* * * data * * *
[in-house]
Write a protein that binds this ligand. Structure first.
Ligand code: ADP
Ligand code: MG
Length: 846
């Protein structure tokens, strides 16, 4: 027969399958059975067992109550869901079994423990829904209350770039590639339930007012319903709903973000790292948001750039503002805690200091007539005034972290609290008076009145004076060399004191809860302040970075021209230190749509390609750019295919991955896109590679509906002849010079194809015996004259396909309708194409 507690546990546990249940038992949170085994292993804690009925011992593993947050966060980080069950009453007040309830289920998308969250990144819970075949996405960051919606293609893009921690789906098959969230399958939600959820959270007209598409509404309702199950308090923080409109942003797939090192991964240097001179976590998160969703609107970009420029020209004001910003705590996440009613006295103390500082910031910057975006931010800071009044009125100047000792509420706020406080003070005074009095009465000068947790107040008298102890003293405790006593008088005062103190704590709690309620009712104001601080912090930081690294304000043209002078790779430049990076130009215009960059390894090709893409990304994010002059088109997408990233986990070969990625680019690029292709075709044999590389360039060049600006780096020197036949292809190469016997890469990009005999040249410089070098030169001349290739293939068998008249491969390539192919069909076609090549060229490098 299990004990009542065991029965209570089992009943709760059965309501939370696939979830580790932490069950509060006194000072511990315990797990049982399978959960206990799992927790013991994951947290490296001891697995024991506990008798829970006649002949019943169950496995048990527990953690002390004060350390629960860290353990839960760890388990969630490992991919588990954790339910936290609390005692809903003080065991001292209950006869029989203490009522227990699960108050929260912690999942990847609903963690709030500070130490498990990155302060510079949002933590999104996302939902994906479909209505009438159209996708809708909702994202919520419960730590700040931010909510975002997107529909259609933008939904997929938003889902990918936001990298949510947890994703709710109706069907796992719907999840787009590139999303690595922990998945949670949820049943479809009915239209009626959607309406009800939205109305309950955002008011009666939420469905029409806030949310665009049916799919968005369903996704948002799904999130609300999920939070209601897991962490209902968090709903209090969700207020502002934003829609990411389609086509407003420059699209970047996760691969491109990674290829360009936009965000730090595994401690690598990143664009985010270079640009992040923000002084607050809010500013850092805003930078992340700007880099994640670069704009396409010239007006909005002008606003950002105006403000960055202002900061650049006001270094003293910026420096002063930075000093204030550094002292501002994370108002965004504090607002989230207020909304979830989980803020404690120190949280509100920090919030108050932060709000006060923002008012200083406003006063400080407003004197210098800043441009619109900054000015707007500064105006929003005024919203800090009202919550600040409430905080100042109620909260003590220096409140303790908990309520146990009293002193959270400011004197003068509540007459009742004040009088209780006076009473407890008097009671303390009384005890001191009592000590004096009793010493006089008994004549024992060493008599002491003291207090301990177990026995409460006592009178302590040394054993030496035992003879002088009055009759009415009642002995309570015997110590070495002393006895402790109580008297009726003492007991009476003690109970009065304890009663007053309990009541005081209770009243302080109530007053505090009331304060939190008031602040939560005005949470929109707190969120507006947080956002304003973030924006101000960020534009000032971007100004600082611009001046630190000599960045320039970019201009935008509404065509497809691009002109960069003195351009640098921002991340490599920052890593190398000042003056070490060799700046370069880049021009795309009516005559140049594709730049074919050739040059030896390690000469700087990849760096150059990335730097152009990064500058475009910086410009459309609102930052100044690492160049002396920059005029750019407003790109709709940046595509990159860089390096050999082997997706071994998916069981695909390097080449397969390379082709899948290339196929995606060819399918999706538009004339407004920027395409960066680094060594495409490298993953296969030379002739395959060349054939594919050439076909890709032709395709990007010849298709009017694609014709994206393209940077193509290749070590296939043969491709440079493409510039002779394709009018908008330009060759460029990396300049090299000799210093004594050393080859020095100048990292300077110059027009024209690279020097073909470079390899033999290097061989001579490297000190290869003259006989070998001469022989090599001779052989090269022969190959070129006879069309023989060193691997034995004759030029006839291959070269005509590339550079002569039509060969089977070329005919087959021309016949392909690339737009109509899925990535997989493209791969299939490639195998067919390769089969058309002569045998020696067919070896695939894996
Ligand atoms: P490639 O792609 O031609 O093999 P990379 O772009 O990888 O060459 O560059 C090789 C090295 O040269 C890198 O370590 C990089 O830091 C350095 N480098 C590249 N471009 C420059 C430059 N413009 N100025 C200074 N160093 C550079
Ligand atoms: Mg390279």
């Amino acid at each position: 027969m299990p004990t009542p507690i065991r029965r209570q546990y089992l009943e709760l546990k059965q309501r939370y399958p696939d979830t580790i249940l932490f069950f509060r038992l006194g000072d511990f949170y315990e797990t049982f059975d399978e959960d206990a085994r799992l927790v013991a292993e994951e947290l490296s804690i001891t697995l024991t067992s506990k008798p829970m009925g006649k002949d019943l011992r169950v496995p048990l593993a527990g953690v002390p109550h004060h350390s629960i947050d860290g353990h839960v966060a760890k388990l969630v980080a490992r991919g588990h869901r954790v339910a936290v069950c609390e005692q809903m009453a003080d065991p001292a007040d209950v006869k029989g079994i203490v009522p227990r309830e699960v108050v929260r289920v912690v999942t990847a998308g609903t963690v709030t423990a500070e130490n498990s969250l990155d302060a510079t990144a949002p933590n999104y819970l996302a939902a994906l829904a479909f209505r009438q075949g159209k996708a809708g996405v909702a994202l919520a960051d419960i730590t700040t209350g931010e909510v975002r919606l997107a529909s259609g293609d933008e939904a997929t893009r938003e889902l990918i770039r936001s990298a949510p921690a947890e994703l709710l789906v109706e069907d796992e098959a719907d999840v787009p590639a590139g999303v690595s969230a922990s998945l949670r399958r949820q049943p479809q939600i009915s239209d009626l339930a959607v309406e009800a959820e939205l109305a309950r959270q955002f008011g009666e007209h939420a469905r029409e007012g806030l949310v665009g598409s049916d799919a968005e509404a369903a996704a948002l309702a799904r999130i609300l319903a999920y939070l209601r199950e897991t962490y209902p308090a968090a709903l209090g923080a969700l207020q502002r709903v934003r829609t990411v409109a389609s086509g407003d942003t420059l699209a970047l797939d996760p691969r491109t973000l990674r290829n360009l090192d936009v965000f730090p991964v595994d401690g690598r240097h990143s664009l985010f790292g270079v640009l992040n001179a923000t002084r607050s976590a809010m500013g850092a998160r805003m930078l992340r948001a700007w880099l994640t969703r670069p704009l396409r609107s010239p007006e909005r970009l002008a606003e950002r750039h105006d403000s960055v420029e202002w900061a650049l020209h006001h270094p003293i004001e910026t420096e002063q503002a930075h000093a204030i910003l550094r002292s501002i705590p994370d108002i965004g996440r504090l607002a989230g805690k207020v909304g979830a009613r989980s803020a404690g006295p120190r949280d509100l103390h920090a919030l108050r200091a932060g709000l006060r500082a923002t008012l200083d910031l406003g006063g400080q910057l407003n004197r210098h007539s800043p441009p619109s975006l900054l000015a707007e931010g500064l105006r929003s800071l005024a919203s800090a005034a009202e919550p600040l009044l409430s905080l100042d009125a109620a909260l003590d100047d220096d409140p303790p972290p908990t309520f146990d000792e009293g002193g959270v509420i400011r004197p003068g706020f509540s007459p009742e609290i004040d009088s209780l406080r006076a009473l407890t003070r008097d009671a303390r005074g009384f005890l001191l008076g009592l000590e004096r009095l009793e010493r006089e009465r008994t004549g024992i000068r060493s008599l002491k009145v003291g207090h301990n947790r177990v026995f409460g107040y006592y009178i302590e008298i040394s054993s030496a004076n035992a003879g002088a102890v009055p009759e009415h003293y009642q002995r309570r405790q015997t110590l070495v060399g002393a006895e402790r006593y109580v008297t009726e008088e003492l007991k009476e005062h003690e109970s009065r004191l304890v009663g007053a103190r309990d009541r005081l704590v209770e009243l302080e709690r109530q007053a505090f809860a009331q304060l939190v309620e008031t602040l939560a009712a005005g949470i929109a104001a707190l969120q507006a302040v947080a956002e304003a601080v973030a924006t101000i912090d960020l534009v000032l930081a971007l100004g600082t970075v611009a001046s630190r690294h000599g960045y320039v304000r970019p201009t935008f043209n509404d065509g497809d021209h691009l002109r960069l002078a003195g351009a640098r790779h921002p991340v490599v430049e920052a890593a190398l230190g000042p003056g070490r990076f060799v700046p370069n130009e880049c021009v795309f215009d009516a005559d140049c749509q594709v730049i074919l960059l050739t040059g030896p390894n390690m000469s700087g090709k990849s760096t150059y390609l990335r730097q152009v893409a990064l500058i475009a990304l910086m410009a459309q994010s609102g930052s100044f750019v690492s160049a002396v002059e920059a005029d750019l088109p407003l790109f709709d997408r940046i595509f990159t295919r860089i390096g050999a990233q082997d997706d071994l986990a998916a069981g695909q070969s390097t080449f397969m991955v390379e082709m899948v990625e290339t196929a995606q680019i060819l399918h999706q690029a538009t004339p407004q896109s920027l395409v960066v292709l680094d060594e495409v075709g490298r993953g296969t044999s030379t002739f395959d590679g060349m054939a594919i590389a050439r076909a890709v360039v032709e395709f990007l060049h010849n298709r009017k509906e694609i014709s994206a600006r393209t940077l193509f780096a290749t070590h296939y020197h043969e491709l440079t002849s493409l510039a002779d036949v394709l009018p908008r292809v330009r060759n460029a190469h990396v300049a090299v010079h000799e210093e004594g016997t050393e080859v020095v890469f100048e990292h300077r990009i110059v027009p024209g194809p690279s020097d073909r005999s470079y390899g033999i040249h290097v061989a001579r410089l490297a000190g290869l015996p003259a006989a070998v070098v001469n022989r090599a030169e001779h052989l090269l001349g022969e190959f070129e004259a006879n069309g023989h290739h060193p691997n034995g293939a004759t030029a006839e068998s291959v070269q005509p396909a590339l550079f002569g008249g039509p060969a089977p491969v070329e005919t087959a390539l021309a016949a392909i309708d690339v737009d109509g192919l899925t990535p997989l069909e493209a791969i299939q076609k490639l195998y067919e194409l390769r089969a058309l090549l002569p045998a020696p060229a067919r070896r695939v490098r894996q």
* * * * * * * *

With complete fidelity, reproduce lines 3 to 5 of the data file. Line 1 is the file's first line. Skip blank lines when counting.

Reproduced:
Ligand code: ADP
Ligand code: MG
Length: 846